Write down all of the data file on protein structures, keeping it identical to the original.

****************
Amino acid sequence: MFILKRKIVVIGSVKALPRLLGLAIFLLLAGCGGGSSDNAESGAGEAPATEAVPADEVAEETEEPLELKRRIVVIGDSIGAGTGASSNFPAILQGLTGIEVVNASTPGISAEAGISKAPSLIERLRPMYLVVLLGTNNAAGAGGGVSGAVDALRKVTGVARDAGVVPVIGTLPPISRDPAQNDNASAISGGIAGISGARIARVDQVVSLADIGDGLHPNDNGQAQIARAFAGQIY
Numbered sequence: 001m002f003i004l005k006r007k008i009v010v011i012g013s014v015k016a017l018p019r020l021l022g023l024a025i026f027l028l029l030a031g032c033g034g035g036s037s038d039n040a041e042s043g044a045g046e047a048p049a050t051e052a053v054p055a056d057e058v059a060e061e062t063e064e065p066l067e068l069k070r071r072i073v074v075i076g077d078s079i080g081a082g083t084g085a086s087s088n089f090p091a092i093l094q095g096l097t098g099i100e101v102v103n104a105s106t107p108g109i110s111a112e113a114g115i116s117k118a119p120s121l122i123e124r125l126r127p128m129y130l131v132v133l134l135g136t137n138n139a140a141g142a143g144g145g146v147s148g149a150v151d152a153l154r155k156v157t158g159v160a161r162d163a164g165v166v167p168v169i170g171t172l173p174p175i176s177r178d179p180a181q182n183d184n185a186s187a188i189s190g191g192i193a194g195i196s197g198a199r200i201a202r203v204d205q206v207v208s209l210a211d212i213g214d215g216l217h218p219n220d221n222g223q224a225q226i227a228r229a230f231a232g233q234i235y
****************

Amino acid sequence: MFILKRKIVVIGSVKALPRLLGLAIFLLLAGCGGGSSDNAESGAGEAPATEAVPADEVAEETEEPLELKRRIVVIGDSIGAGTGASSNFPAILQGLTGIEVVNASTPGISAEAGISKAPSLIERLRPMYLVVLLGTNNAAGAGGGVSGAVDALRKVTGVARDAGVVPVIGTLPPISRDPAQNDNASAISGGIAGISGARIARVDQVVSLADIGDGLHPNDNGQAQIARAFAGQIY
Numbered sequence: 001m002f003i004l005k006r007k008i009v010v011i012g013s014v015k016a017l018p019r020l021l022g023l024a025i026f027l028l029l030a031g032c033g034g035g036s037s038d039n040a041e042s043g044a045g046e047a048p049a050t051e052a053v054p055a056d057e058v059a060e061e062t063e064e065p066l067e068l069k070r071r072i073v074v075i076g077d078s079i080g081a082g083t084g085a086s087s088n089f090p091a092i093l094q095g096l097t098g099i100e101v102v103n104a105s106t107p108g109i110s111a112e113a114g115i116s117k118a119p120s121l122i123e124r125l126r127p128m129y130l131v132v133l134l135g136t137n138n139a140a141g142a143g144g145g146v147s148g149a150v151d152a153l154r155k156v157t158g159v160a161r162d163a164g165v166v167p168v169i170g171t172l173p174p175i176s177r178d179p180a181q182n183d184n185a186s187a188i189s190g191g192i193a194g195i196s197g198a199r200i201a202r203v204d205q206v207v208s209l210a211d212i213g214d215g216l217h218p219n220d221n222g223q224a225q226i227a228r229a230f231a232g233q234i235y